|Conservation status||FAO (2007): not listed: 125|
|Country of origin||United States of America|
|Horn status||horned, large thick horns|
The Ankole-Watusi derives from cattle of the Ankole group of Sanga cattle breeds of east and central Africa. Some of these were brought to Germany as zoo specimens in the early twentieth century, and from there spread to other European zoos. Some were imported to the United States, and in 1960 a herd was started in New York State by cross-breeding some of them with an unrelated Canadian bull.: 110 A breed society, the Ankole Watusi International Registry, was set up in 1983,: 110 and in 1989 a breed standard was drawn up. In 2016 the total number for the breed was thought to be approximately 1500 head, some 80% of them in the United States.: 110
The Ankole-Watusi may be a number of different colors, but is usually red. The horns are unusually large, with a wide spread: 110 and the largest circumference found in any cattle breed. Guinness World Records lists a bull named CT Woodie with a horn circumference of 103.5 cm (40.7 in) and a steer named Lurch, with horns measuring 95.25 cm (37.50 in), as record-holders.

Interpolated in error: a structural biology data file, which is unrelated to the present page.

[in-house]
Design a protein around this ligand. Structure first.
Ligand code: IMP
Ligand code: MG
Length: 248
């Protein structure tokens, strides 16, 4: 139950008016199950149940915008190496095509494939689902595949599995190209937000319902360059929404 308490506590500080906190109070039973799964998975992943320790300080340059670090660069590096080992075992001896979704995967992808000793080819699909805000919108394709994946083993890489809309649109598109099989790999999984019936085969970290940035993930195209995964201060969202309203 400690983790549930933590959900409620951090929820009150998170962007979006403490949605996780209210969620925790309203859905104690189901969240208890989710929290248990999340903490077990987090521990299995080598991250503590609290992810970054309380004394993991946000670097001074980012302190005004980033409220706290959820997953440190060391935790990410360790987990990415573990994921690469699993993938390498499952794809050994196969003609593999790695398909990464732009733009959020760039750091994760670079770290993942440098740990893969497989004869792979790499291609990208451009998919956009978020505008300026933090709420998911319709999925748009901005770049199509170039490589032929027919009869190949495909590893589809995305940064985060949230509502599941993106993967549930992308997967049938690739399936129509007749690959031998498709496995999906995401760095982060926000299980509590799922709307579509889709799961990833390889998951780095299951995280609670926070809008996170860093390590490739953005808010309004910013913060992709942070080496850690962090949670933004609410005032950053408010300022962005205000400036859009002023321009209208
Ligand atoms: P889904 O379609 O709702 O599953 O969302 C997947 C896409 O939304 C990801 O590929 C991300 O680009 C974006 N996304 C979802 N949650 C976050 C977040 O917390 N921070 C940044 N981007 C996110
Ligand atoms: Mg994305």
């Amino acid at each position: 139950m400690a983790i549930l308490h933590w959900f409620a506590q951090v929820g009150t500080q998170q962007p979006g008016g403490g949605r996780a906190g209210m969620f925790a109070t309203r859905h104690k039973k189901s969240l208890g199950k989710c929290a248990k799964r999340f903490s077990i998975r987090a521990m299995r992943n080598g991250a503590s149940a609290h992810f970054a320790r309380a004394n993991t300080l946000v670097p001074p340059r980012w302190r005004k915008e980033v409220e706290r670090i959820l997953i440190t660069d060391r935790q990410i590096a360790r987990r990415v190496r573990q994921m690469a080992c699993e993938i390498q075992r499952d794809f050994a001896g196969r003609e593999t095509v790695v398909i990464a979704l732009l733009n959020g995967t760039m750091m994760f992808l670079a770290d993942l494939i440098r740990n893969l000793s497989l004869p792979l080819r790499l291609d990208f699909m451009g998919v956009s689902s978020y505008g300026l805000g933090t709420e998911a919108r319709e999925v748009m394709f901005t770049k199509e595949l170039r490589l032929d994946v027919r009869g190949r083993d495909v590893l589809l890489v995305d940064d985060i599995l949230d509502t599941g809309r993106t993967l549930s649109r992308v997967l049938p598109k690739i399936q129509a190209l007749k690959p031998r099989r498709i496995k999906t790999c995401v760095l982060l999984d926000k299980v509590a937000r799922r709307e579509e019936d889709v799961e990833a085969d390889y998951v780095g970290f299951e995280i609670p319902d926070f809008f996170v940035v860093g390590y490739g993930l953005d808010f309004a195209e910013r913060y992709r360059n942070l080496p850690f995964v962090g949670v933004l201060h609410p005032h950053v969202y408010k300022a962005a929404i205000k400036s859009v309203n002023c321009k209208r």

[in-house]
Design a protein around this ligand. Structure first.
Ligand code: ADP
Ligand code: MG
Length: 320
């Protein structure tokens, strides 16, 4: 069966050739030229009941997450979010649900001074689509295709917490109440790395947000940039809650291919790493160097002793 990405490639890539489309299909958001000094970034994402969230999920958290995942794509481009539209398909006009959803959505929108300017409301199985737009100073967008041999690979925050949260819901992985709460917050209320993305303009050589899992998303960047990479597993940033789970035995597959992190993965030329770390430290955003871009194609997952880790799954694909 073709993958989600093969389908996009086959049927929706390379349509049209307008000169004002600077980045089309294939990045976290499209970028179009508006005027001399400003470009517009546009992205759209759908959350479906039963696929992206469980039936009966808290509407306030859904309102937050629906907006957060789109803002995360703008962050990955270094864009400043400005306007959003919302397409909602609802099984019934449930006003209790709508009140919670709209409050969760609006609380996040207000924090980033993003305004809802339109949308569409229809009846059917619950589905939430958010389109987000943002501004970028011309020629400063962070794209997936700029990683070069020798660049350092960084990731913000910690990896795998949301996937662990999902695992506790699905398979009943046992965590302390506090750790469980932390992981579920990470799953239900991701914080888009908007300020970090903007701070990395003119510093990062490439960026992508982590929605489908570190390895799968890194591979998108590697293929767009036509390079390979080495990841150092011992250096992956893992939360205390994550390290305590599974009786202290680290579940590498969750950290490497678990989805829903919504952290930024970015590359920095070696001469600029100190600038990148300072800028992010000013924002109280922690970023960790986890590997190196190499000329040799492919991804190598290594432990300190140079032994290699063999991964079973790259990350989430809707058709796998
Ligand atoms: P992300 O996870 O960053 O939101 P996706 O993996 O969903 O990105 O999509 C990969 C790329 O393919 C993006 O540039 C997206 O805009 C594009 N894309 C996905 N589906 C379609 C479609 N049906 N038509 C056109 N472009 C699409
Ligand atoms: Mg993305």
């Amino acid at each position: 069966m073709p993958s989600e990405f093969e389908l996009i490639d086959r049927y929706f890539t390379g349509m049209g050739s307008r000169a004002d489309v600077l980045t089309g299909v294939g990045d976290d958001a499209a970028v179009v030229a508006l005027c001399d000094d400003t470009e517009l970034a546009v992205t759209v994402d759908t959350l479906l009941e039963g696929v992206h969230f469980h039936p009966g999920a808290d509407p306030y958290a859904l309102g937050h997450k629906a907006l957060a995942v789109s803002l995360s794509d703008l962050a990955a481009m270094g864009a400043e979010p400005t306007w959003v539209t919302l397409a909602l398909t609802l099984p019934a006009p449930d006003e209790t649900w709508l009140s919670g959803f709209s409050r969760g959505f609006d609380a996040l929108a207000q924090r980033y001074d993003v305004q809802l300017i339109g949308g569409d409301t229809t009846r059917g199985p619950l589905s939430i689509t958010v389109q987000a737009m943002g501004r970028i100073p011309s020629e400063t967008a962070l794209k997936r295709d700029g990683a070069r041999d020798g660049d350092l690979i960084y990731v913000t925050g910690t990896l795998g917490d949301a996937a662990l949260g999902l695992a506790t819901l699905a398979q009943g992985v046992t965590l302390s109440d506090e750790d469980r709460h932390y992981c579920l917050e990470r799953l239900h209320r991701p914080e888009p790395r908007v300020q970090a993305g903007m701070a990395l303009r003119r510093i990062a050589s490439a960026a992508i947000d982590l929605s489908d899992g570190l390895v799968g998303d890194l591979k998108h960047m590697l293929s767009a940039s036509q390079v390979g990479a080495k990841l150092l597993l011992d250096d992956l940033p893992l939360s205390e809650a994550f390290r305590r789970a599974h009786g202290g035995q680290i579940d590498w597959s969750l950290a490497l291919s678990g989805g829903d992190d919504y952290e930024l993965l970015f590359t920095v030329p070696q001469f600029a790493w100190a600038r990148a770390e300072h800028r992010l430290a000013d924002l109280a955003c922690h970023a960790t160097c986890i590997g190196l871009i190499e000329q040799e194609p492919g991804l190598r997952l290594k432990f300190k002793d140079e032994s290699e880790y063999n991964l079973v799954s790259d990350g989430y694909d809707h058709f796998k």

- Barbara Rischkowsky, D. Pilling (eds.) (2007). List of breeds documented in the Global Databank for Animal Genetic Resources, annex to The State of the World's Animal Genetic Resources for Food and Agriculture. Rome: Food and Agriculture Organization of the United Nations. ISBN 9789251057629. Accessed June 2017.
- Valerie Porter, Lawrence Alderson, Stephen J.G. Hall, D. Phillip Sponenberg (2016). Mason's World Encyclopedia of Livestock Breeds and Breeding (sixth edition). Wallingford: CABI. ISBN 9781780647944.
- Breed data sheet: Ankole-Watusi/United States of America. Domestic Animal Diversity Information System of the Food and Agriculture Organization of the United Nations. Accessed June 2017.
- Ankole-Watusi Cattle. Ankole Watusi International Registry. Accessed June 2017.
- Largest horn circumference – bull. Guinness World Records. Archived 11 October 2019.
- Largest horn circumference – steer. Guinness World Records. Archived 19 October 2019.